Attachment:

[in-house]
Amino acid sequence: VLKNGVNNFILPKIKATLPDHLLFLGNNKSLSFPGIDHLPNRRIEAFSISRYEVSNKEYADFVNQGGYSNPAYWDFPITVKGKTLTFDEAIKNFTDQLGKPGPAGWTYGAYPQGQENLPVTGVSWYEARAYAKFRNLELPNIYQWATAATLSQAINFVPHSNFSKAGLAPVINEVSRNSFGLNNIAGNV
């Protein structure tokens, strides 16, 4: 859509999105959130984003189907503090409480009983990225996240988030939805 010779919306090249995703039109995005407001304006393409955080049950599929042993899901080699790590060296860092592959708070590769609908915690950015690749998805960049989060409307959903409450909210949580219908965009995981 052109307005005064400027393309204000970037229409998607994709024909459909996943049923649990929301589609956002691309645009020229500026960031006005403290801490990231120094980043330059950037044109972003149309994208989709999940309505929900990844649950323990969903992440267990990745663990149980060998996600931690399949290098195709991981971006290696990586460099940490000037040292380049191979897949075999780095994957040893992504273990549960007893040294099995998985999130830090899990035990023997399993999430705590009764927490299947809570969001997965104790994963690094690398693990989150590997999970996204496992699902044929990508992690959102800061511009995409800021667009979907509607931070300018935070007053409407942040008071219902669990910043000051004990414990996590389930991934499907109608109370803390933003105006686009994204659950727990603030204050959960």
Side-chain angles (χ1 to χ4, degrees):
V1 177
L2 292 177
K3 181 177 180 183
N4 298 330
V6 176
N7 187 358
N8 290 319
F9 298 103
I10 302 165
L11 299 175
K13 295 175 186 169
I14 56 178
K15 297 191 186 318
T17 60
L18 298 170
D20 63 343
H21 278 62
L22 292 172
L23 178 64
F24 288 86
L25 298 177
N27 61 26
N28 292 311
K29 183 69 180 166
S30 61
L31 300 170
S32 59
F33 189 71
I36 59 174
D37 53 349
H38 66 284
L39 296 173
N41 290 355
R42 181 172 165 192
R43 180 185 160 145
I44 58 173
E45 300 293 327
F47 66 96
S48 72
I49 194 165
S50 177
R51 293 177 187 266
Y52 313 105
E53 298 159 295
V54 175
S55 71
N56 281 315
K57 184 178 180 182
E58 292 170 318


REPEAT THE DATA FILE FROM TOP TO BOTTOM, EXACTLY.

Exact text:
[in-house]
Amino acid sequence: VLKNGVNNFILPKIKATLPDHLLFLGNNKSLSFPGIDHLPNRRIEAFSISRYEVSNKEYADFVNQGGYSNPAYWDFPITVKGKTLTFDEAIKNFTDQLGKPGPAGWTYGAYPQGQENLPVTGVSWYEARAYAKFRNLELPNIYQWATAATLSQAINFVPHSNFSKAGLAPVINEVSRNSFGLNNIAGNV
């Protein structure tokens, strides 16, 4: 859509999105959130984003189907503090409480009983990225996240988030939805 010779919306090249995703039109995005407001304006393409955080049950599929042993899901080699790590060296860092592959708070590769609908915690950015690749998805960049989060409307959903409450909210949580219908965009995981 052109307005005064400027393309204000970037229409998607994709024909459909996943049923649990929301589609956002691309645009020229500026960031006005403290801490990231120094980043330059950037044109972003149309994208989709999940309505929900990844649950323990969903992440267990990745663990149980060998996600931690399949290098195709991981971006290696990586460099940490000037040292380049191979897949075999780095994957040893992504273990549960007893040294099995998985999130830090899990035990023997399993999430705590009764927490299947809570969001997965104790994963690094690398693990989150590997999970996204496992699902044929990508992690959102800061511009995409800021667009979907509607931070300018935070007053409407942040008071219902669990910043000051004990414990996590389930991934499907109608109370803390933003105006686009994204659950727990603030204050959960």
Side-chain angles (χ1 to χ4, degrees):
V1 177
L2 292 177
K3 181 177 180 183
N4 298 330
V6 176
N7 187 358
N8 290 319
F9 298 103
I10 302 165
L11 299 175
K13 295 175 186 169
I14 56 178
K15 297 191 186 318
T17 60
L18 298 170
D20 63 343
H21 278 62
L22 292 172
L23 178 64
F24 288 86
L25 298 177
N27 61 26
N28 292 311
K29 183 69 180 166
S30 61
L31 300 170
S32 59
F33 189 71
I36 59 174
D37 53 349
H38 66 284
L39 296 173
N41 290 355
R42 181 172 165 192
R43 180 185 160 145
I44 58 173
E45 300 293 327
F47 66 96
S48 72
I49 194 165
S50 177
R51 293 177 187 266
Y52 313 105
E53 298 159 295
V54 175
S55 71
N56 281 315
K57 184 178 180 182
E58 292 170 318